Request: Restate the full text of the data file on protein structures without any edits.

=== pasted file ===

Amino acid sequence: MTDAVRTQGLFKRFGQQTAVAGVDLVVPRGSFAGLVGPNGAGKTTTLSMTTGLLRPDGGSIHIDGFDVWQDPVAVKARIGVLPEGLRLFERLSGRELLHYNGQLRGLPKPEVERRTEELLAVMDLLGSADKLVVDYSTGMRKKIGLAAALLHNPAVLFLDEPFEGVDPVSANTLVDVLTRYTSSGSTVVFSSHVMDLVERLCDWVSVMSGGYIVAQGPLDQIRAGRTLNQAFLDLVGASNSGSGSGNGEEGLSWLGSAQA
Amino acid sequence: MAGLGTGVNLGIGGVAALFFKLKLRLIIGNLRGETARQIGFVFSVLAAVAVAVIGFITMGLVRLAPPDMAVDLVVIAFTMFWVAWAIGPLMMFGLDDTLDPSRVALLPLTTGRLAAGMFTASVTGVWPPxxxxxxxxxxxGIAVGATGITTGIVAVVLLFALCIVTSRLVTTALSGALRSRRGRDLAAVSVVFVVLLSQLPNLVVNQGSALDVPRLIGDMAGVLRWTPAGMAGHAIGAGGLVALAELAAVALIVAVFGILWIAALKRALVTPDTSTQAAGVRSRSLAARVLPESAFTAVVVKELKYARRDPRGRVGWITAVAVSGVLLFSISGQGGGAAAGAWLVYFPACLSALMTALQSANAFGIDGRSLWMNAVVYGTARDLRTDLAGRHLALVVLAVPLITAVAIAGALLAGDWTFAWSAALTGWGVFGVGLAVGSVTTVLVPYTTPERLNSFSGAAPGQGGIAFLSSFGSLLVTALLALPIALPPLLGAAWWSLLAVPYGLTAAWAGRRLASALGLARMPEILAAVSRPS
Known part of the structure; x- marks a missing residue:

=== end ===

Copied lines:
Amino acid sequence: MTDAVRTQGLFKRFGQQTAVAGVDLVVPRGSFAGLVGPNGAGKTTTLSMTTGLLRPDGGSIHIDGFDVWQDPVAVKARIGVLPEGLRLFERLSGRELLHYNGQLRGLPKPEVERRTEELLAVMDLLGSADKLVVDYSTGMRKKIGLAAALLHNPAVLFLDEPFEGVDPVSANTLVDVLTRYTSSGSTVVFSSHVMDLVERLCDWVSVMSGGYIVAQGPLDQIRAGRTLNQAFLDLVGASNSGSGSGNGEEGLSWLGSAQA
Amino acid sequence: MAGLGTGVNLGIGGVAALFFKLKLRLIIGNLRGETARQIGFVFSVLAAVAVAVIGFITMGLVRLAPPDMAVDLVVIAFTMFWVAWAIGPLMMFGLDDTLDPSRVALLPLTTGRLAAGMFTASVTGVWPPxxxxxxxxxxxGIAVGATGITTGIVAVVLLFALCIVTSRLVTTALSGALRSRRGRDLAAVSVVFVVLLSQLPNLVVNQGSALDVPRLIGDMAGVLRWTPAGMAGHAIGAGGLVALAELAAVALIVAVFGILWIAALKRALVTPDTSTQAAGVRSRSLAARVLPESAFTAVVVKELKYARRDPRGRVGWITAVAVSGVLLFSISGQGGGAAAGAWLVYFPACLSALMTALQSANAFGIDGRSLWMNAVVYGTARDLRTDLAGRHLALVVLAVPLITAVAIAGALLAGDWTFAWSAALTGWGVFGVGLAVGSVTTVLVPYTTPERLNSFSGAAPGQGGIAFLSSFGSLLVTALLALPIALPPLLGAAWWSLLAVPYGLTAAWAGRRLASALGLARMPEILAAVSRPS
Known part of the structure; x- marks a missing residue: